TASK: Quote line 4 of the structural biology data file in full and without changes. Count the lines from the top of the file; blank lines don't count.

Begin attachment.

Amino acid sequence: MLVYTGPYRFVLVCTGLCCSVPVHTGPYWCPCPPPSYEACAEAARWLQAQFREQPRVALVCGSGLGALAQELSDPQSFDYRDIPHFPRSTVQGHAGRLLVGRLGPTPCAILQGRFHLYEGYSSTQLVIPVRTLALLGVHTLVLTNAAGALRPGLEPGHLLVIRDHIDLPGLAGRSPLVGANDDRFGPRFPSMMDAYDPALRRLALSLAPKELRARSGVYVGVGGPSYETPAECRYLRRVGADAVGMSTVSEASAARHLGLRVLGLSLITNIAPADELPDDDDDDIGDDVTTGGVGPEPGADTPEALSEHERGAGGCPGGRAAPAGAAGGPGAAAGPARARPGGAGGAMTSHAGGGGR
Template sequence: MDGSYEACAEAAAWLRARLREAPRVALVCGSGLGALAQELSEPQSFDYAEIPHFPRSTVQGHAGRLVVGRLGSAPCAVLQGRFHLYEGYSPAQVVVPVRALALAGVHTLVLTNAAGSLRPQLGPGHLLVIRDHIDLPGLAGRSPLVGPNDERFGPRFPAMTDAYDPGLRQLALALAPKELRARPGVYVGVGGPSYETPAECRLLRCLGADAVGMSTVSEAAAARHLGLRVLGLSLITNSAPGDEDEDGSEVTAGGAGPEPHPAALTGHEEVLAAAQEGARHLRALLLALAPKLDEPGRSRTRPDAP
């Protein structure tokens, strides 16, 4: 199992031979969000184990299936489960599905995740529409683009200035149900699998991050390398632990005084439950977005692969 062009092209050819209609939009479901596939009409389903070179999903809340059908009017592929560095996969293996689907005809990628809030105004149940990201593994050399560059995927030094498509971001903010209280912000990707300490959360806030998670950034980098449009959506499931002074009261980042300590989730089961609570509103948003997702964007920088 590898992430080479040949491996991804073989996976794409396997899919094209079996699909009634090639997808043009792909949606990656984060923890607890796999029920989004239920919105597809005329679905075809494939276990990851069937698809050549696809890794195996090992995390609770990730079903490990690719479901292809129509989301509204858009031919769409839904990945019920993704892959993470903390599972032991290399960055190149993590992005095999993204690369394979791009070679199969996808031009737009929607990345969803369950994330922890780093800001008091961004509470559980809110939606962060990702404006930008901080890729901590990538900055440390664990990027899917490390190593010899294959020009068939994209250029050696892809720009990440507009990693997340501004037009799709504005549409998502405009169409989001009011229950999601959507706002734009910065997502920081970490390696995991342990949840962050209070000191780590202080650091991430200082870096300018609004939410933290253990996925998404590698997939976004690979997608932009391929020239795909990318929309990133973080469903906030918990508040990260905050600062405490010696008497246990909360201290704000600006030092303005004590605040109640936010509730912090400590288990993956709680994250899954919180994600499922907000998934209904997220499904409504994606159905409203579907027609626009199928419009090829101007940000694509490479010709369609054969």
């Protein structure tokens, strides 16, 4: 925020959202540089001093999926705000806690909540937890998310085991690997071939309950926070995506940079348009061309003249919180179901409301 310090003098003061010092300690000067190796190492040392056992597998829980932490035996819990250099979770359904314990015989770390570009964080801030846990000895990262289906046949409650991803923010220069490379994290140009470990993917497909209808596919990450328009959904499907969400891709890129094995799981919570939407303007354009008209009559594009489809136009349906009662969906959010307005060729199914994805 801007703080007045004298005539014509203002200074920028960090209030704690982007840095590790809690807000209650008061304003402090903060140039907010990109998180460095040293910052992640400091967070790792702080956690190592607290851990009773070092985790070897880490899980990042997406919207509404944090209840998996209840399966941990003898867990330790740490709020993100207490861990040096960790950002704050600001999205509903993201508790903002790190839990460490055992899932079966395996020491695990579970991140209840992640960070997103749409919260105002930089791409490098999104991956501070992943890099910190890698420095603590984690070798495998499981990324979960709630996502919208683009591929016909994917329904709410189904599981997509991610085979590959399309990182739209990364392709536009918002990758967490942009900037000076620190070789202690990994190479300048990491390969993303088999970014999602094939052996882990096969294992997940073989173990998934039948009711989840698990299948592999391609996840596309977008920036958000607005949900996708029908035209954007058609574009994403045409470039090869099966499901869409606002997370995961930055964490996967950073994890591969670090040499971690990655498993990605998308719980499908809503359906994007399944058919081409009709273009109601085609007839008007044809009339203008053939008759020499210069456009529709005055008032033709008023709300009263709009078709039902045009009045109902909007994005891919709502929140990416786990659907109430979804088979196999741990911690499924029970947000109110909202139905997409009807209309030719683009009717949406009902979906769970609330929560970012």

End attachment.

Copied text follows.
């Protein structure tokens, strides 16, 4: 925020959202540089001093999926705000806690909540937890998310085991690997071939309950926070995506940079348009061309003249919180179901409301 310090003098003061010092300690000067190796190492040392056992597998829980932490035996819990250099979770359904314990015989770390570009964080801030846990000895990262289906046949409650991803923010220069490379994290140009470990993917497909209808596919990450328009959904499907969400891709890129094995799981919570939407303007354009008209009559594009489809136009349906009662969906959010307005060729199914994805 801007703080007045004298005539014509203002200074920028960090209030704690982007840095590790809690807000209650008061304003402090903060140039907010990109998180460095040293910052992640400091967070790792702080956690190592607290851990009773070092985790070897880490899980990042997406919207509404944090209840998996209840399966941990003898867990330790740490709020993100207490861990040096960790950002704050600001999205509903993201508790903002790190839990460490055992899932079966395996020491695990579970991140209840992640960070997103749409919260105002930089791409490098999104991956501070992943890099910190890698420095603590984690070798495998499981990324979960709630996502919208683009591929016909994917329904709410189904599981997509991610085979590959399309990182739209990364392709536009918002990758967490942009900037000076620190070789202690990994190479300048990491390969993303088999970014999602094939052996882990096969294992997940073989173990998934039948009711989840698990299948592999391609996840596309977008920036958000607005949900996708029908035209954007058609574009994403045409470039090869099966499901869409606002997370995961930055964490996967950073994890591969670090040499971690990655498993990605998308719980499908809503359906994007399944058919081409009709273009109601085609007839008007044809009339203008053939008759020499210069456009529709005055008032033709008023709300009263709009078709039902045009009045109902909007994005891919709502929140990416786990659907109430979804088979196999741990911690499924029970947000109110909202139905997409009807209309030719683009009717949406009902979906769970609330929560970012």